The ornately decorated Karamanli Mosque was erected in the 1730s and remains the largest mosque in the medina. The mosque served as the final resting place for Ahmet Pasa and his family who are buried in its prayer halls. The tombs were destroyed by Salafi extremists in Tripoli in 2012 who consider the Sufi sect of Islam to be heretical. Sufi graves have been destroyed by Salafis throughout Libya since 2011. Many graves of Sufi saints and scholars are sites of pilgrimage for Sufi Muslims and as such are targeted as “idol worship” destruction zones by extremist Salafis.


Sufi Shrine - Libya

Before – Sufi Shrine: Photo via militant social media account 10 March 2015

After – Sufi Shrine: Photo via militant social media account 10 March 2015

Sufism is a mystical-ascetic aspect of Islam, which focuses on the Islamic teachings that relate to the purification of the inner self. The Senussi tribes of Libya are some of the most ardent followers of the Sufi philosophy. Sufism has played a major part in the development and formation of culture in the Ottoman world. Yet, equally, as significant, it has had a prominent role in resisting European imperialism in North Africa.

Since the 2011 Arab Spring, a wave of destruction has hit Sufi shrines, mosques and tombs across Libya at the hands of radical Salafi Islamists. The Sufi Shrine represented in these images is one of the dozens of historic Sufi shrines throughout Libya that have been destroyed by these radicalized extremists.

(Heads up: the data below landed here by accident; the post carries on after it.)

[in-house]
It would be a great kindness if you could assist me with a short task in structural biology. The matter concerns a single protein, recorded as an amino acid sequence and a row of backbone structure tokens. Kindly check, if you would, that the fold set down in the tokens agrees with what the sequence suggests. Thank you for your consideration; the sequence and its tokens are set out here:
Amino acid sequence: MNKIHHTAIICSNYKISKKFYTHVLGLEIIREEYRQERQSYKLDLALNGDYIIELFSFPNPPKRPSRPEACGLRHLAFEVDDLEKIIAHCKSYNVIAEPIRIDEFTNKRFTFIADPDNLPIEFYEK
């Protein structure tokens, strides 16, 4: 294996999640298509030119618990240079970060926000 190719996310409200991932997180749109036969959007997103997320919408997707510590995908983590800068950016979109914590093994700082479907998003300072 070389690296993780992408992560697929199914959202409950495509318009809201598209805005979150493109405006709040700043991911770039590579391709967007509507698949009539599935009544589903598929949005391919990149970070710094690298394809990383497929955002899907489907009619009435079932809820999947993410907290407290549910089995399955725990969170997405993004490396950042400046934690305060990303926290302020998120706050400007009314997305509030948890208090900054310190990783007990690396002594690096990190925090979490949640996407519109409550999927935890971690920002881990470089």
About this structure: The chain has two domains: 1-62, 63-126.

After the fall of Muammar Gaddafi in 2012, Salafist extremists launched a surge of attacks on Sufi shrines, mosques and tombs across Libya. These armed Islamist groups opened a wave of destruction of the tombs and shrines of famous Sufi scholars and religious leaders. Many of the tombs targeted dated back more than half of a millennium.



Ahmed Baba Institute Manuscripts - Bouj Beha, Mali

Before – Ahmed Baba Institute Manuscripts: (c)Photo by Iwan Bann: August 2009

After – Ahmed Baba Institute Manuscripts: Photo by Trevor Snapp

The Ahmed Baba Institute of Higher Learning and Islamic Research is a library and research center based in Timbuktu. It is named after Timbuktu’s most famous scholar from the 17th century. The library houses more than 20,000 historic Islamic manuscripts dating back to the 14th and 16th centuries. In total there are believed to be more than 300,000 Islamic manuscripts from Timbuktu including those from both the institute as well as private collections. The current institute is the result of a bilateral agreement that had been formed between Mali and South Africa for the continued preservation, restoration, and conservation of African heritage.